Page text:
From best-selling author Shannon A. Thompson comes an exciting new duology in the Bad Bloods universe.
Fourteen-year-old Violet has been called many things: a bad blood, a survivor, an immortal…now she has a new name—citizen. But adjusting to a lawful life is not easy, especially when she must live under the rule of the same officers who justified the killings of her flock only eight months earlier.
Segregation of bad bloods and humans is still in effect, and rebellious Violet steps into a school where she is not allowed. When the police get involved, things deteriorate quickly, sparking a new revolution at the wall separating the Highlands from the outskirts.
That's when Caleb steps in. He might appear to be an average sixteen-year-old bad blood, but he has secrets, and Violet is determined to figure them out. Caleb knows who's attacking the wall and why, but his true identity remains a mystery—and how he relates to Violet could shake the threatened city to its very core.
Together or not, a storm will form, a rally will start, and shocking truths will be revealed.
Customer ReviewsSee All
An amazing YA dystopian read!
I received a free copy of July Thunder with the option of providing an honest review.
July Thunder is an amazing work of dystopian fiction that is equal parts dazzling and eerily familiar.
To me, the social commentary was obvious. Bad Bloods are supposed to be considered equal under the law, yet they are still segregated from "normal" citizens. Hospitals have the right to refuse treatment of Bad Bloods, Bad Bloods have to attend "special" schools, and they are penalized more severely for breaking the law than their "normal" counterparts; laws that Bad Bloods are conditioned to break in order to survive or have not been educated about. If you are familiar with the history of the Civil Rights Movement (or the present battle for civil rights), then the circumstances in the plot are indeed "eerily familiar."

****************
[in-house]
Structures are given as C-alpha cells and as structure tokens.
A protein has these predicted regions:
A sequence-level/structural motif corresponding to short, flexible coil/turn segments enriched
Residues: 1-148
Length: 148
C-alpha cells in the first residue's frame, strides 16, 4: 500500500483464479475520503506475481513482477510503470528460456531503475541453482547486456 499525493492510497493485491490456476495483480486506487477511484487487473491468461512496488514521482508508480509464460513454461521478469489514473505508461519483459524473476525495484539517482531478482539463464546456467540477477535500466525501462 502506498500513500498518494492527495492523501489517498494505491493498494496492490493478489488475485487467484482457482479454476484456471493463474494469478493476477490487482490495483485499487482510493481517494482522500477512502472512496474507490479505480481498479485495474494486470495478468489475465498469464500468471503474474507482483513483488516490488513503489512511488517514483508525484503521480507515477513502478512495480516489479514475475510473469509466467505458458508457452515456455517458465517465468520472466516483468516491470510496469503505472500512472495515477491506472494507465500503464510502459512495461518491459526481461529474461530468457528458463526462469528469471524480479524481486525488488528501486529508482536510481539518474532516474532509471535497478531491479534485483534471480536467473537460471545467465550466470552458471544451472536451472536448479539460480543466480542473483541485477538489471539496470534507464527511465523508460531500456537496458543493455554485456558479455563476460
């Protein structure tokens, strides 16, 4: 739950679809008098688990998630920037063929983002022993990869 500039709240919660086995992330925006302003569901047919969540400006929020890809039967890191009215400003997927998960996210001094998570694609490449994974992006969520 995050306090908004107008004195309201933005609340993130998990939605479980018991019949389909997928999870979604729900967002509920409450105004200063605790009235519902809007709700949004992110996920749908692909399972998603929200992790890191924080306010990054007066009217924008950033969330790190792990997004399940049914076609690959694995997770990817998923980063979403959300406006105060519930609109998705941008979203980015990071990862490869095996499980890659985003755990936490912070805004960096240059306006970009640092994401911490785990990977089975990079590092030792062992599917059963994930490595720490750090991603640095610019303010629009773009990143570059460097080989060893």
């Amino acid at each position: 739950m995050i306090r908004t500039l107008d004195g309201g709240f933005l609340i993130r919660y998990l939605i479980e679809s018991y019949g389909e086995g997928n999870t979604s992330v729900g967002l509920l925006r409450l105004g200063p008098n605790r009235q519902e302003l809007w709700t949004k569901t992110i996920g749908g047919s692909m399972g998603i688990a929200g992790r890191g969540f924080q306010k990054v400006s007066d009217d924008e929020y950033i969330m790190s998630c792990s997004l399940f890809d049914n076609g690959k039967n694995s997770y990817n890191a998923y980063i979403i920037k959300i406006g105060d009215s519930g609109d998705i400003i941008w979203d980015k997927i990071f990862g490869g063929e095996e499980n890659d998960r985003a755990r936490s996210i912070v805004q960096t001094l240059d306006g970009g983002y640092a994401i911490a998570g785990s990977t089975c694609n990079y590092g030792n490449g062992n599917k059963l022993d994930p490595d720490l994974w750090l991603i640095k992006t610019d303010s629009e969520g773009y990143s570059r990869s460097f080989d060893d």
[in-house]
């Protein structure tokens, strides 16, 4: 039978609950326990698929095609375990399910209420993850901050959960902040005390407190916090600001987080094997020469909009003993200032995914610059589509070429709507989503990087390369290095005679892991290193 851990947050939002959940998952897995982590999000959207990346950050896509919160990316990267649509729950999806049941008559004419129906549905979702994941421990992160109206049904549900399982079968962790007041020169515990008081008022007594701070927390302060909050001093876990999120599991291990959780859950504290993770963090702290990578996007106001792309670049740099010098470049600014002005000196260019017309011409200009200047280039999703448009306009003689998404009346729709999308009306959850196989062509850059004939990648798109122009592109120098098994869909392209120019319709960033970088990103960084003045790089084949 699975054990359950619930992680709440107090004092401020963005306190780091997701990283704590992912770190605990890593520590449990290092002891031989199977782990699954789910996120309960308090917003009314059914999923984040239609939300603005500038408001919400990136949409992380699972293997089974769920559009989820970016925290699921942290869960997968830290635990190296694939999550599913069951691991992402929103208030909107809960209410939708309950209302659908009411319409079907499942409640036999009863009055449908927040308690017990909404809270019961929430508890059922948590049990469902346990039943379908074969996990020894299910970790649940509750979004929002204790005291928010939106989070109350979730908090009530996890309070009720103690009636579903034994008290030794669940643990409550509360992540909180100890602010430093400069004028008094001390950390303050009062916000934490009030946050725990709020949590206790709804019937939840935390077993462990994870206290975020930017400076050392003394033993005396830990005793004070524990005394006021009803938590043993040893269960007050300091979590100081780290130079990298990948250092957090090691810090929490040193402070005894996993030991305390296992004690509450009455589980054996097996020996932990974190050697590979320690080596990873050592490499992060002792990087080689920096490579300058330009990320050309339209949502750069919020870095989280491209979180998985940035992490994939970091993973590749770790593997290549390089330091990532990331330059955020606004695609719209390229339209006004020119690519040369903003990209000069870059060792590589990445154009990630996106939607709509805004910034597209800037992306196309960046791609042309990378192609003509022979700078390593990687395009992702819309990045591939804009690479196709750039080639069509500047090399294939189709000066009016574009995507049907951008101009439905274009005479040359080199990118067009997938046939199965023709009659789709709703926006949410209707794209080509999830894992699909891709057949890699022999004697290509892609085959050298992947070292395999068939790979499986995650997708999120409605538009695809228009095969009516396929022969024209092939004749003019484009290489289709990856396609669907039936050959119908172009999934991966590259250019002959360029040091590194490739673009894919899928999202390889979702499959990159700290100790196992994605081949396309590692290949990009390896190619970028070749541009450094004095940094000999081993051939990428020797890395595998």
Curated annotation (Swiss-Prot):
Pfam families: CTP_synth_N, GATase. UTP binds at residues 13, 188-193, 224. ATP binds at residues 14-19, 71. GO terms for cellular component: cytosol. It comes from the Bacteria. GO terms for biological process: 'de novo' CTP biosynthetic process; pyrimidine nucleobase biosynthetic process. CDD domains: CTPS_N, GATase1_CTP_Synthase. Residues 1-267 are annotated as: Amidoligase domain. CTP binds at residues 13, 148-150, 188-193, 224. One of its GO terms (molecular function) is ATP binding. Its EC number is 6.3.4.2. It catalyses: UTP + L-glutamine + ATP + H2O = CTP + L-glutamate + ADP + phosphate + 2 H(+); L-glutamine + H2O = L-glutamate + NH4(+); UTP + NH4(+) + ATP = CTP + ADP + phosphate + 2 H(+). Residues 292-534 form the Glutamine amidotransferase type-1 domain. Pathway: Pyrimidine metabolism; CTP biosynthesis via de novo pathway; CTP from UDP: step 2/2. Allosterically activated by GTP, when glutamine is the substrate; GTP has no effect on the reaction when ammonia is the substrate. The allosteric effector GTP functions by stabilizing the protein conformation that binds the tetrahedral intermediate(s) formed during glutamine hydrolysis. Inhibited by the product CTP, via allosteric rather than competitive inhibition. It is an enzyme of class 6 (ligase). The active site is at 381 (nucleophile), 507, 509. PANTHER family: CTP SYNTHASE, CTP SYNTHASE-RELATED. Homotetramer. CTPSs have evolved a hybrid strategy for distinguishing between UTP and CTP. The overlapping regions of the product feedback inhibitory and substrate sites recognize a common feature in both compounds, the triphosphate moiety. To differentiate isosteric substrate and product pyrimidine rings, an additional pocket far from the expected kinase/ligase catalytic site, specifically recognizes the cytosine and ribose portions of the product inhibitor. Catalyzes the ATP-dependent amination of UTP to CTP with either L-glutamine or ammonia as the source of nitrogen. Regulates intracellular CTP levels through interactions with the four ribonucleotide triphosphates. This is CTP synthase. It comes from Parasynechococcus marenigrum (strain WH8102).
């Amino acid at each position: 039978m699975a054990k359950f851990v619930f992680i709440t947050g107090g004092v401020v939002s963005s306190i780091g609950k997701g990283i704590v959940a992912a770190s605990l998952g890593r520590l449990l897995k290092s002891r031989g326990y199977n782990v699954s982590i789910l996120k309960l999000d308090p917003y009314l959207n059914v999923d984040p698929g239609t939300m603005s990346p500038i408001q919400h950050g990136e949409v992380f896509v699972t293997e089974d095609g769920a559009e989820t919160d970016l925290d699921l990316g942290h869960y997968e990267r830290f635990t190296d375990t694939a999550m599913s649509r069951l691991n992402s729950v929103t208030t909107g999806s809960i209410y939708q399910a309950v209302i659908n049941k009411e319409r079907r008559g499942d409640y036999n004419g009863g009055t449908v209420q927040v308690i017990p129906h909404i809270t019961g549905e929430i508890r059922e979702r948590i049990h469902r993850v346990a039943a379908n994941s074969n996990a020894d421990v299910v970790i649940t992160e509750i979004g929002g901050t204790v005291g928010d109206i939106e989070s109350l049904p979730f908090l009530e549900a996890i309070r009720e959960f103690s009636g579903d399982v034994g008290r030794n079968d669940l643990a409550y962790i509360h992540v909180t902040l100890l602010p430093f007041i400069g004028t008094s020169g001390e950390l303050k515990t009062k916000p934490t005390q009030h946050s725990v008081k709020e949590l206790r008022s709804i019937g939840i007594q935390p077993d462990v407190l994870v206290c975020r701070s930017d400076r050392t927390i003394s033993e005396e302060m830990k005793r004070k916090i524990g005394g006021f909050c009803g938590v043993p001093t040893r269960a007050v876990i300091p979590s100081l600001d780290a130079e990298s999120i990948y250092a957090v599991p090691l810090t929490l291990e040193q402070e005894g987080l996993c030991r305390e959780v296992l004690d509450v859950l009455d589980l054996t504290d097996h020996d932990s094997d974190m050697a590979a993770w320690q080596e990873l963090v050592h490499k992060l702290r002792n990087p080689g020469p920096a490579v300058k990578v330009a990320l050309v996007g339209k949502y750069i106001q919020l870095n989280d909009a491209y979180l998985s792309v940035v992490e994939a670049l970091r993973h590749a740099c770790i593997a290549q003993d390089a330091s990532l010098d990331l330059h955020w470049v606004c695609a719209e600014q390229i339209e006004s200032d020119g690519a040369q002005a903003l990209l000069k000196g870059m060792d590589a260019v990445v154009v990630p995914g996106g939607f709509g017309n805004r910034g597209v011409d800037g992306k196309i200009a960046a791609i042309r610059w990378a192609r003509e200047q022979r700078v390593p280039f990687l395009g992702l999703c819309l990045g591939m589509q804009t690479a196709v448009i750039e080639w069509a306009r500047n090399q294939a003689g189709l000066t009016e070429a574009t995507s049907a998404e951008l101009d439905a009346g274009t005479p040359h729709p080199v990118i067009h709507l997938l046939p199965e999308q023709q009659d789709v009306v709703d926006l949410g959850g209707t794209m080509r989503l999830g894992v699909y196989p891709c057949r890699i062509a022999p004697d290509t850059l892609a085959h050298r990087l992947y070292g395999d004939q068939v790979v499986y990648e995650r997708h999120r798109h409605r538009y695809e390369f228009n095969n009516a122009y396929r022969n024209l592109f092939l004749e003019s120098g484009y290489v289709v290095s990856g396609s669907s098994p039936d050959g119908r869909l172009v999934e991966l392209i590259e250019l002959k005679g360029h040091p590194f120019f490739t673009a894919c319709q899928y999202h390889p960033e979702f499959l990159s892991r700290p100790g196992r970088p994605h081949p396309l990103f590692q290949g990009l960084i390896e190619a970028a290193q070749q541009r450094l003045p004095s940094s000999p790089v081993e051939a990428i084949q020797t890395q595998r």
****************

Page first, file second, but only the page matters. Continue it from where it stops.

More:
The duology concept that Thompson came up with is interesting and keeps the series fresh. I have enjoyed books by other authors in the past who wrote companion novels that followed supporting characters in their series, and July Thunder is no exception. Thompson did a spectacular job of developing Vi, Caleb, and the other characters; I really liked Vi's story and the fact that she used her abilities to become somewhat of a legend in "Shadow Alley." I also thought the setting was impeccably detailed and the dialogue pulled me right into the story. Beyond the political war that is still being waged for Bad Bloods' rights, there is a subplot that hints at another threat to Bad Bloods. I'm intrigued to see where Thompson goes with that subplot and how it will impact the Bad Bloods' civil rights movement.
An excellent plot coupled with the realistic dialogue of characters with varied, and interesting, abilities, made July Thunder easy to read and hard to put down. All in all, an intriguing and fresh young adult dystopian novel that is a must-have for die-hard dystopian fans!